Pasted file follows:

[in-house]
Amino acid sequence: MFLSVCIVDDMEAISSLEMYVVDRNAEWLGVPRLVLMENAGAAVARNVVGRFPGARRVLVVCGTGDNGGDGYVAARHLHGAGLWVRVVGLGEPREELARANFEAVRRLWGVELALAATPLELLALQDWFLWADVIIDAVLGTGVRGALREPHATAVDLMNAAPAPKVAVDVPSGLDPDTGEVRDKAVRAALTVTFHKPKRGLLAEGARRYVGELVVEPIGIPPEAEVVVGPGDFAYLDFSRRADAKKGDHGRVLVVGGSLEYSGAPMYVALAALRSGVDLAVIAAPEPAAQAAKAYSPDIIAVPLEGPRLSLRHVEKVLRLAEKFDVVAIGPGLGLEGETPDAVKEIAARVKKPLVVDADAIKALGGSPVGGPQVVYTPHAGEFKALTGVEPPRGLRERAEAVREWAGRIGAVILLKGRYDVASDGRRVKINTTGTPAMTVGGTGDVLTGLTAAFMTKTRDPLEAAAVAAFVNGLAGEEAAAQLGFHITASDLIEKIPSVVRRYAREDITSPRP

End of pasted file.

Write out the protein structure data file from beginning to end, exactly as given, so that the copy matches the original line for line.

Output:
[in-house]
Amino acid sequence: MFLSVCIVDDMEAISSLEMYVVDRNAEWLGVPRLVLMENAGAAVARNVVGRFPGARRVLVVCGTGDNGGDGYVAARHLHGAGLWVRVVGLGEPREELARANFEAVRRLWGVELALAATPLELLALQDWFLWADVIIDAVLGTGVRGALREPHATAVDLMNAAPAPKVAVDVPSGLDPDTGEVRDKAVRAALTVTFHKPKRGLLAEGARRYVGELVVEPIGIPPEAEVVVGPGDFAYLDFSRRADAKKGDHGRVLVVGGSLEYSGAPMYVALAALRSGVDLAVIAAPEPAAQAAKAYSPDIIAVPLEGPRLSLRHVEKVLRLAEKFDVVAIGPGLGLEGETPDAVKEIAARVKKPLVVDADAIKALGGSPVGGPQVVYTPHAGEFKALTGVEPPRGLRERAEAVREWAGRIGAVILLKGRYDVASDGRRVKINTTGTPAMTVGGTGDVLTGLTAAFMTKTRDPLEAAAVAAFVNGLAGEEAAAQLGFHITASDLIEKIPSVVRRYAREDITSPRP